We are into autumn and reflecting on this remarkable season evokes its unique characteristics. Autumn is also known as “fall”, which refers to leaves falling off trees during this season. The falling of leaves begin when they change colour from green to red, or golden yellow and, some species, to a vivid shade of orange.
When leaves begin to fall, it signifies the end of harvest time. Temperatures are milder as the heat of summer has passed and the chill of winter is yet to come.
The season has inspired poets like John Keats and William Wordsworth. In fact, Wordsworth’s
Thought On The Seasons, extols autumn and articulates harvesting and the changing hues of leaves, When earth repays with golden leaves
The labours of the plough,
And ripening fruits and forest leaves All brighten on the bough;
What pensive beauty autumn shows,
Before she hears the sound Of winter rushing in,
to close The emblematic round!
The famous poet, Robert Frost, who was awarded the Pulitzer Prize, focused on a poem that reflected the completion of harvesting apples and titled it
After Apple Picking,
… there may be two or three Apples I didn’t pick upon some bough.
But I am done with apple picking now
Autumn began with the time of harvest for people who depended on farming. In the 1500s autumn was called “harvest” because, at this time, fruit and vegetables were picked and a part of the produce was stored for the winter months. As society developed and some people moved off farms to migrate to cities or work in factories, the term “harvest” was replaced with autumn or fall. In the West, Thanksgiving and Halloween are festivals symbolic with harvesting.
The Jewish holiday of Sukkot and the Chinese Moon Festival are observed in autumn, as a mark of appreciation for the good food at this time of the year. Special recipes are dedicated to the season. The famous Thai Pumpkin Soup, the special autumn tomato chutney and cheesy autumn mushrooms, are a few of the top 20 autumn recipes of the world. In the realms of literature, a Polish writer called Wladyslaw Reymont wrote The Peasants, a four volume narrative with each of the four books titled in honour of a season.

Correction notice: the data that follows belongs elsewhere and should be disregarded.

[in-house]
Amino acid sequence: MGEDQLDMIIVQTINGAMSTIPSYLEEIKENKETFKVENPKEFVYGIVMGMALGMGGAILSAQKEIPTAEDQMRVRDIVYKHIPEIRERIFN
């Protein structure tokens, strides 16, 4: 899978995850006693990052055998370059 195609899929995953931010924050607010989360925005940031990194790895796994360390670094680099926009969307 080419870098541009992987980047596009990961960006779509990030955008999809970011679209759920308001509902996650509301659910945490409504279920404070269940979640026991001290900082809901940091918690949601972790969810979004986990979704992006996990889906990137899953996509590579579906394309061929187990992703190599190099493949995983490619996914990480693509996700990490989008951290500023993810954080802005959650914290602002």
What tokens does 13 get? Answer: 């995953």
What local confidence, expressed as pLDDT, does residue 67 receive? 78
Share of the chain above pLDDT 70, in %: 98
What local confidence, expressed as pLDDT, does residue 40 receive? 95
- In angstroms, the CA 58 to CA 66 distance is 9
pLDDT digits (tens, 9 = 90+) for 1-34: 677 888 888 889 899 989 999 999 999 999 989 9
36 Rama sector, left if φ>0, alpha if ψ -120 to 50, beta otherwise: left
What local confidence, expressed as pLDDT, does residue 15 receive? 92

The volume, Autumn, published in 1904, was about the relationship of human life with nature. He highlighted the joys derived from autumn; how a bountiful harvest enabled farmers to earn money from the farm’s produce and to plan for marriages of their children. Reymont was awarded the Nobel Prize in Literature in 1924, “for his great national epic, The Peasants.”
His articulation of the vital role of the four seasons brought to life something humanity took for granted. He rose from a life of poverty to incredible fame and in his first interview, after receiving the Nobel Prize, said, “Suddenly the great doors of fame were opened before me.
Today I have to assume the visage of a famous person. Isn’t it laughable? I have suddenly become the pride of my nation!” This man who lived, once, on a few slices of bread, brought recognition to his hometown Lodz, in Poland. Back home, in India, as the intensity of the monsoon showers reduce, one looks up to the sky to see the almost “tired” appearance of clouds, looking weary and old. They are replaced by new drifting clouds, which resemble huge blobs of cotton, and the last vestiges of dark ominous clouds have gone away.
Autumn has set in and with it a metamorphosis is visible on a lot of trees, with different hues on their leaves. But the crowning glory of autumn, in India, is the festivals. Durga Puja, Lakshmi Puja, Kali Puja and Diwali lift up the spirits of people. The rich and poor are clad in new garments, the result of many weeks of planning for this auspicious time of the year. The puja season is impacted by commercial activities involving clay modellers, decorators, tailors and sweet houses, all of whom are preoccupied by brisk business during this time.
Autumn is a time when people plan to travel and in Bengal the Darjeeling Hills are an attractive option. The tea plantations of Darjeeling are imbued with the rare autumnal muscatel flavour in tea. This mysterious quality is elusive, difficult to describe, but is identified when it is tasted in a certain batch of tea. It will be relevant to conclude with Reymont’s thoughts, because he weaves agriculture into his narrative about autumn, which culminates in harvest, and is integral to the survival and happiness of humanity.
The author’s prescription for a successful harvest is simple, “One has to plow in order to sow, one has to sow in order to harvest, and what is disturbing has to be weeded out…